Although the foregoing detailed description has focused on a voltage step-up conversion configuration it should be noted that the present invention can be readily adapted to voltage step-down conversion. Further, by combining step-up and step-down capabilities the present invention can function as a bidirectional voltage converter. For example, with reference to FIG. 12 a power stage 400 is depicted. Power stage 400 is similar to power stage 10 of FIG. 1, with the addition of a switch 402 connected in parallel with diode 40 and a switch 404 connected in parallel with diode 44. Switches 402, 404 may be any of the previously-discussed types of electronic switches including, but not limited, to an insulated gate bipolar transistor (“IGBT”). Switches 402, 404 may be actuated in a complementary fashion to drive winding 36 of transformer 34, inductor 62 and capacitors 48, 50, 52, and 54 in a resonant mode. In this way a voltage conversion can be performed, essentially driving transformer 34 in reverse. In this configuration the low voltage power devices 16, 18, 20, and 22 can be operated as synchronous rectifiers and diodes 24, 26, 28, and 30 will operate as conventional rectifiers. When operated in this manner input power from the high voltage side 38 is step-down converted to the low voltage side 12. Operation of power stage 400 is the same as power stage 10 (FIG. 1) in all other respects.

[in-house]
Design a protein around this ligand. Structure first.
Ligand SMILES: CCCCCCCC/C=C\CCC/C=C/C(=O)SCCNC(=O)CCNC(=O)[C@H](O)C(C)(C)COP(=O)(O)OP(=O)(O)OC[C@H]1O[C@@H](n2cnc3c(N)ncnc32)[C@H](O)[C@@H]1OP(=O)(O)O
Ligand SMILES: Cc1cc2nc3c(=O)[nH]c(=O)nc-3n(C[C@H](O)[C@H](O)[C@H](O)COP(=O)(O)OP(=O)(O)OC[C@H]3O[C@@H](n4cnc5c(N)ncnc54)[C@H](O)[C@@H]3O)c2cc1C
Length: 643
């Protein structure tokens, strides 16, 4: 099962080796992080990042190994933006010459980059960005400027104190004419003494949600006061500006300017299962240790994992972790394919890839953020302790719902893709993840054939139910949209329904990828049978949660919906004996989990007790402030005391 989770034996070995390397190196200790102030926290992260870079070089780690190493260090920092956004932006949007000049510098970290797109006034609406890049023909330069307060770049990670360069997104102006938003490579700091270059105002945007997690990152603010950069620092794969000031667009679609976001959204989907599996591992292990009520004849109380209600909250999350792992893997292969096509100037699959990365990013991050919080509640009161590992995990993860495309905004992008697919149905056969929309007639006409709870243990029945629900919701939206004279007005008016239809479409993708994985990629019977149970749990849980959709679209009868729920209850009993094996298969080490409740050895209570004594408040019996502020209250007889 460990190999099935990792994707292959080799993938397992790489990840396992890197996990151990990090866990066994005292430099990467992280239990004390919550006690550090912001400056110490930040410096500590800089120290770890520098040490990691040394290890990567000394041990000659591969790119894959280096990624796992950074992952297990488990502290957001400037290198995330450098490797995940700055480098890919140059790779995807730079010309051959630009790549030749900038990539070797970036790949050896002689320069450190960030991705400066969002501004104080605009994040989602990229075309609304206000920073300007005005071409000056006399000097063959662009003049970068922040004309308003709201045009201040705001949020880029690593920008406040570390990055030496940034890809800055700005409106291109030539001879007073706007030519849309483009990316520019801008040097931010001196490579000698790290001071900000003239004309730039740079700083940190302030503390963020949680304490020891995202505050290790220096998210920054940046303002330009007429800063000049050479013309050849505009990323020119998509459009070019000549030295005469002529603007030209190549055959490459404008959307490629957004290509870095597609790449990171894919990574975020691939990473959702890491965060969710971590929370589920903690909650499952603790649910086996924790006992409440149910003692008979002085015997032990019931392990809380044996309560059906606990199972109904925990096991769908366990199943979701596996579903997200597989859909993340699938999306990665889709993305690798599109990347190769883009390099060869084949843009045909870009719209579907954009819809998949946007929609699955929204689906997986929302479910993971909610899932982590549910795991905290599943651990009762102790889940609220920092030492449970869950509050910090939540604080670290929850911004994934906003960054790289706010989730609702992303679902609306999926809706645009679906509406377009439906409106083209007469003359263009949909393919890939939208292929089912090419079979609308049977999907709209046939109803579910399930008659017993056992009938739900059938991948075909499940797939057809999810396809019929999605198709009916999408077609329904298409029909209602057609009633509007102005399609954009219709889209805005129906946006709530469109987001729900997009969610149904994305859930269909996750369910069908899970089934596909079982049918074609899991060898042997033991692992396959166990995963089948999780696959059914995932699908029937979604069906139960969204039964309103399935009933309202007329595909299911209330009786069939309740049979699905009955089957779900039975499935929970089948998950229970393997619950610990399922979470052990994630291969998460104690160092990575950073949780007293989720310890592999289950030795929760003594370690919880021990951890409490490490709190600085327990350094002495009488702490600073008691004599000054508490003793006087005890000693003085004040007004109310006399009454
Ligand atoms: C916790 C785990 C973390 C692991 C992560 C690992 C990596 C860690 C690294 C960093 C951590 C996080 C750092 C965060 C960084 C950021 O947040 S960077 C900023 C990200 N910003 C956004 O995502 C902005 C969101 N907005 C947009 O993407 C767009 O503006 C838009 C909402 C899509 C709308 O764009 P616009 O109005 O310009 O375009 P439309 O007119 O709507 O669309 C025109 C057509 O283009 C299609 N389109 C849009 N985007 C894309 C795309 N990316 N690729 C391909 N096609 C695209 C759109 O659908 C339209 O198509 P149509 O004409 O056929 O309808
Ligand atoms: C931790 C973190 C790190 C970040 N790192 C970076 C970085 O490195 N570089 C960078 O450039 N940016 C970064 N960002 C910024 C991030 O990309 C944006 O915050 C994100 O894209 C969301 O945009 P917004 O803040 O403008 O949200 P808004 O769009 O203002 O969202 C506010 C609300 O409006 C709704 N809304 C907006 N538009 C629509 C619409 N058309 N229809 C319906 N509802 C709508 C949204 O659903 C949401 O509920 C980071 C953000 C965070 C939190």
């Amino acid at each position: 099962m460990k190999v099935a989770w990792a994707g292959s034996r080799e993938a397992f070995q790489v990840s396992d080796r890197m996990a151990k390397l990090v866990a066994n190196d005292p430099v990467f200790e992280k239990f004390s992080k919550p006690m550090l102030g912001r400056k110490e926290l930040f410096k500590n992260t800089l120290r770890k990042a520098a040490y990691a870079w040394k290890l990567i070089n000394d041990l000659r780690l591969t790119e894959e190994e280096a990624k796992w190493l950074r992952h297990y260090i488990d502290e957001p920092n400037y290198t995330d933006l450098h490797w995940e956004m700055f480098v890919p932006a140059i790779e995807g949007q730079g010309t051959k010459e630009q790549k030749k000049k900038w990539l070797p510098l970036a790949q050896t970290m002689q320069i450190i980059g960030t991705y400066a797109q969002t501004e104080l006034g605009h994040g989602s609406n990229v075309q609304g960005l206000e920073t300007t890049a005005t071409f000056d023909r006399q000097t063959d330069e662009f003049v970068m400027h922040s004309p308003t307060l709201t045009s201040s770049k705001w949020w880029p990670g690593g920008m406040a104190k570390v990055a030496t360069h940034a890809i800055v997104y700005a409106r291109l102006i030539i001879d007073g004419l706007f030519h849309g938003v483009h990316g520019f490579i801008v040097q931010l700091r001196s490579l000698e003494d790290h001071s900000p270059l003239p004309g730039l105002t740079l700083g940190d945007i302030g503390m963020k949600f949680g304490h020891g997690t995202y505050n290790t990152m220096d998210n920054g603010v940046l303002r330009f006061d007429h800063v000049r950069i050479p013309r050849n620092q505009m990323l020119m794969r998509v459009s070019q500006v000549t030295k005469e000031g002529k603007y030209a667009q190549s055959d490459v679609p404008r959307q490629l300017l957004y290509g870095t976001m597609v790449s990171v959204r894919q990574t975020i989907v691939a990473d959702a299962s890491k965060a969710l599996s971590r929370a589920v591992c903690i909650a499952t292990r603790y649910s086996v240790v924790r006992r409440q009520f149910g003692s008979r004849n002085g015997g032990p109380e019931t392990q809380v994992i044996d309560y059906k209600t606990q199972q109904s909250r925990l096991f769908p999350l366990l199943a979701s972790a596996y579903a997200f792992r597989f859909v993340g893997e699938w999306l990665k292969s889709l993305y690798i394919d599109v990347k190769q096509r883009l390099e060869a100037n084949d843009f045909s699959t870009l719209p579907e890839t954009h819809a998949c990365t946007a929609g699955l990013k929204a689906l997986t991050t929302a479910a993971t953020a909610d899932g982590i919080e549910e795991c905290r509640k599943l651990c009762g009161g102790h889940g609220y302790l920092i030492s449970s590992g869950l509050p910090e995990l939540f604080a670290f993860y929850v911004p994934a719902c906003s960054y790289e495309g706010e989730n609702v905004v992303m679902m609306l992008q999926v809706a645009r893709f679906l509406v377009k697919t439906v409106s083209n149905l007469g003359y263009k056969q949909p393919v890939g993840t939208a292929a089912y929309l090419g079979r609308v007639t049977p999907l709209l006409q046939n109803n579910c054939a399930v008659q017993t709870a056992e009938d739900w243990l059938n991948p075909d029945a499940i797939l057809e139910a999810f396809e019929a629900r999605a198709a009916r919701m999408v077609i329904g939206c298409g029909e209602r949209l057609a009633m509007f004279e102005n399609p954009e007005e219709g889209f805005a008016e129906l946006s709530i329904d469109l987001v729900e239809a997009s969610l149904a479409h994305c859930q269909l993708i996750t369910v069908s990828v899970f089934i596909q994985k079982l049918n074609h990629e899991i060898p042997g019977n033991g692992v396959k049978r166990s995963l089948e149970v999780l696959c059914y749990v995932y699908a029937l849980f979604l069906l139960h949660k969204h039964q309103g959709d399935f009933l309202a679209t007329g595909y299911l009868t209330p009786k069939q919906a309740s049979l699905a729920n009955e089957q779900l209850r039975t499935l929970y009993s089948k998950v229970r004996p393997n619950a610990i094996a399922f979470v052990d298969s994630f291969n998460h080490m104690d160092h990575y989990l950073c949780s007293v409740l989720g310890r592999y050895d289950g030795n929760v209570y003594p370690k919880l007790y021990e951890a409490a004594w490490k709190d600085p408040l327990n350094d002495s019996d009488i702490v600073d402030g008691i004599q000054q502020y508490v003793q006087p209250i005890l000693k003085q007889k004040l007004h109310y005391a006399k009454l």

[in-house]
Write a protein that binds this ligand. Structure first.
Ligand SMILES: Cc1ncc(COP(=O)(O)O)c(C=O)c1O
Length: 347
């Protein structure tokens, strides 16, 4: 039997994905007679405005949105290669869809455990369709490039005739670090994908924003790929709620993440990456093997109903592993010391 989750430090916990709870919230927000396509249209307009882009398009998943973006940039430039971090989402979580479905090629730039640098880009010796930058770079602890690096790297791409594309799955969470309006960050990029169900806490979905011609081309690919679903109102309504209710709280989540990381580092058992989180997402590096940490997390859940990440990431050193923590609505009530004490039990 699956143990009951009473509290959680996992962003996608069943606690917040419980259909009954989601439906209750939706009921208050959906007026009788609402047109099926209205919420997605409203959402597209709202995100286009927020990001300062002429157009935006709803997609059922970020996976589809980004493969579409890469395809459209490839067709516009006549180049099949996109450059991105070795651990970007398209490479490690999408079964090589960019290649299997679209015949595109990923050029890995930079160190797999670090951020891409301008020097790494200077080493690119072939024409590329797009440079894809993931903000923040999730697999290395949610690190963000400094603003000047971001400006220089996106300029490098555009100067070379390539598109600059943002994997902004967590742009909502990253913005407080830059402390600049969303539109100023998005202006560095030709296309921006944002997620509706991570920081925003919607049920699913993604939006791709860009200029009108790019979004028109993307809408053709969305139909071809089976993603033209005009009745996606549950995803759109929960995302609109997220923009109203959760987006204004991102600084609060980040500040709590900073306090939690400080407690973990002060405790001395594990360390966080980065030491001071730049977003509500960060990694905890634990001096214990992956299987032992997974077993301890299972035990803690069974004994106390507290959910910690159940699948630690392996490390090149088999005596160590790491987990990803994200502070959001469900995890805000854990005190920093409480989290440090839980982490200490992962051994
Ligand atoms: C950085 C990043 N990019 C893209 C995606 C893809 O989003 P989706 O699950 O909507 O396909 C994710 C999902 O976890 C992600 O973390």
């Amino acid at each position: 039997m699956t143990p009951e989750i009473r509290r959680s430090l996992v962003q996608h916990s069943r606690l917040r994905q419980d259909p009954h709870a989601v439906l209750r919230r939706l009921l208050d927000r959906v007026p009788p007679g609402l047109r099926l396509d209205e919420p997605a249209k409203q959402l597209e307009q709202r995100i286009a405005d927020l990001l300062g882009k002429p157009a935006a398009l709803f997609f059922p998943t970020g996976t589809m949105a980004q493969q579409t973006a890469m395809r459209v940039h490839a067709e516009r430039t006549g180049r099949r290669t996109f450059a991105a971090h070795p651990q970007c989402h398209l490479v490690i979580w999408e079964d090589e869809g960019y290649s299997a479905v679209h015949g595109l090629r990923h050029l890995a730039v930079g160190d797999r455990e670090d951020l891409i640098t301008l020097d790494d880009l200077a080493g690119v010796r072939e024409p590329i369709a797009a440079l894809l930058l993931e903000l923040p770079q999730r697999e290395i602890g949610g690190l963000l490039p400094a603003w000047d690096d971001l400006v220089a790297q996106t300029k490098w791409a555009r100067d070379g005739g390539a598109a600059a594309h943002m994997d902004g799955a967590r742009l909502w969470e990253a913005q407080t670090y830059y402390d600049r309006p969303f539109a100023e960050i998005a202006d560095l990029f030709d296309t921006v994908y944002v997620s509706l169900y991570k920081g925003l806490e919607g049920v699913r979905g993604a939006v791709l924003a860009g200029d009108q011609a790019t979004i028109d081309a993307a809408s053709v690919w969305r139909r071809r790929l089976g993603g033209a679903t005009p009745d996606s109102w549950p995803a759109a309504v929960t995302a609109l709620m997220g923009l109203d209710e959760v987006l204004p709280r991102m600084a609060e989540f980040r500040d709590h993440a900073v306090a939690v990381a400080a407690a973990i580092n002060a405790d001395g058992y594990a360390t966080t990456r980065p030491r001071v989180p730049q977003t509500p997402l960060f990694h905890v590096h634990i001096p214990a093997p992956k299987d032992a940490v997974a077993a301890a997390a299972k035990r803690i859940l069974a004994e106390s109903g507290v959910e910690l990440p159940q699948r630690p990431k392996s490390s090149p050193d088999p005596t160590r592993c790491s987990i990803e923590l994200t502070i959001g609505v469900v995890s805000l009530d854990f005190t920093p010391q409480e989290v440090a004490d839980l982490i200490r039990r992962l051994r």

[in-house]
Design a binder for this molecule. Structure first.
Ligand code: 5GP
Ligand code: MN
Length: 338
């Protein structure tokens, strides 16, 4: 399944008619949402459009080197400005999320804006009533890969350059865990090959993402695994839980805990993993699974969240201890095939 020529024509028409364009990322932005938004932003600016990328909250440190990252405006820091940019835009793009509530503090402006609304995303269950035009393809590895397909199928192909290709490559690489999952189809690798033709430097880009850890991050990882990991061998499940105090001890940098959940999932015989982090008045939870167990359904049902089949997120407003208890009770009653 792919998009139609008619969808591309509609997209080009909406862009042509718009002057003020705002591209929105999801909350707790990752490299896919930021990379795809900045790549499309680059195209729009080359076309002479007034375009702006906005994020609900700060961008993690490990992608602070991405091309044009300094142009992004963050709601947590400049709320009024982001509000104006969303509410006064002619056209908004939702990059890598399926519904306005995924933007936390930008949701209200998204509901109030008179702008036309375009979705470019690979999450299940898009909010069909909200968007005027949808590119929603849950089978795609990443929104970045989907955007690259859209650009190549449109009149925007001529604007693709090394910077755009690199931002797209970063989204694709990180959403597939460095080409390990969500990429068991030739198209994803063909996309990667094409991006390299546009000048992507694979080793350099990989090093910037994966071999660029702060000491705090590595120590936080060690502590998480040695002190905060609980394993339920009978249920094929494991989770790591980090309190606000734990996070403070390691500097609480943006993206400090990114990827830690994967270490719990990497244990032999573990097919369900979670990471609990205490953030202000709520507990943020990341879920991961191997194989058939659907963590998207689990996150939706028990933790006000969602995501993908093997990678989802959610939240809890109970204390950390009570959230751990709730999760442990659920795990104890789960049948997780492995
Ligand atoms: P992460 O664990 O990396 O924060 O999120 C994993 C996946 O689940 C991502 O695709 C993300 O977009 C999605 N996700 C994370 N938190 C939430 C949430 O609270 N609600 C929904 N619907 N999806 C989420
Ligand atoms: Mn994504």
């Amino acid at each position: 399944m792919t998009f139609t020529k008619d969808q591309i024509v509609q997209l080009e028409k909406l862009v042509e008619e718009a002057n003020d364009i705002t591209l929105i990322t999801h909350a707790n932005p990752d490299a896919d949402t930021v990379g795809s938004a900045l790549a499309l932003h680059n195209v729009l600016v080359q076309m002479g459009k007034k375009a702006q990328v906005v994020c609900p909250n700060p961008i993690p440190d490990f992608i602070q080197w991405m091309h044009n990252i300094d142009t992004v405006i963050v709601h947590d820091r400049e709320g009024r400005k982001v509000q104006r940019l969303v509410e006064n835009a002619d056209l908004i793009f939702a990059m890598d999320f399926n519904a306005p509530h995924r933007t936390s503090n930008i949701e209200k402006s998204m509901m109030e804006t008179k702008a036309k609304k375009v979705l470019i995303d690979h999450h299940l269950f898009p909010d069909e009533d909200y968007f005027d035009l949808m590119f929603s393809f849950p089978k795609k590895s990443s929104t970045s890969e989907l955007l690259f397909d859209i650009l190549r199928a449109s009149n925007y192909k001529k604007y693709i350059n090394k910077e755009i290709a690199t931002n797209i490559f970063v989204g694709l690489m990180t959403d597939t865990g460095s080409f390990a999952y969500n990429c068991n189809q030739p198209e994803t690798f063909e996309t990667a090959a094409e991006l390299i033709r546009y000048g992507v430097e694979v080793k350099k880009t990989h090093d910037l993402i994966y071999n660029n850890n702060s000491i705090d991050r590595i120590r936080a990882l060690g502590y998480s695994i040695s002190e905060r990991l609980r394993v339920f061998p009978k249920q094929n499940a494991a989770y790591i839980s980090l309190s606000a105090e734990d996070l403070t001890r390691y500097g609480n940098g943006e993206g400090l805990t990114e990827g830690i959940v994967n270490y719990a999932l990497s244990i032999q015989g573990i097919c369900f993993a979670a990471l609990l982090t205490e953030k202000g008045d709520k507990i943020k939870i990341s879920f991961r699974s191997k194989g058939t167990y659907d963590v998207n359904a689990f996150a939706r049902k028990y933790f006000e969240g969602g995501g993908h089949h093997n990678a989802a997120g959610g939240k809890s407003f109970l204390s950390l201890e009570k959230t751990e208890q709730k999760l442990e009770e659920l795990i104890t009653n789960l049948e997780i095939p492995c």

The present invention may be used to advantage to control various types of voltage converter and inverter topologies. A pertinent example is the inventors'“Alexander Topology” resonance energy conversion and inversion circuit, disclosed in U.S. Pat. No. 6,483,731, the contents of which are hereby incorporated by reference in its entirety.

While this invention has been shown and described with respect to a detailed embodiment thereof, it will be understood by those skilled in the art that changes in form and detail thereof may be made without departing from the scope of the claims of the invention.

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Referenced by
Citing PatentFiling datePublication dateApplicantTitle
US8087259 *Jun 21, 2005Jan 3, 2012Appliances Components Companies Spain, S.A.Control method and system
WO2012113442A1Feb 21, 2011Aug 30, 2012Sma Solar Technology AgDc-to-dc converter and method for operating a dc-to-dc converter
Classifications
U.S. Classification363/17, 363/98
International ClassificationH02M3/24, H02M3/335
Cooperative ClassificationH02M3/3378, H02M3/33576, H02M3/3384, H02M3/33584, H02M1/36, Y02B70/1433
Legal Events
DateCodeEventDescription
Nov 28, 2011FPAYFee payment
Year of fee payment: 4
Jul 29, 2008CCCertificate of correction
Aug 30, 2005ASAssignment
Owner name: VANNER, INC., OHIO
Free format text: ASSIGNMENT OF ASSIGNORS INTEREST;ASSIGNORS:ISURIN, ALEXANDER;COOK, ALEXANDER;REEL/FRAME:016683/0657
Effective date: 20050114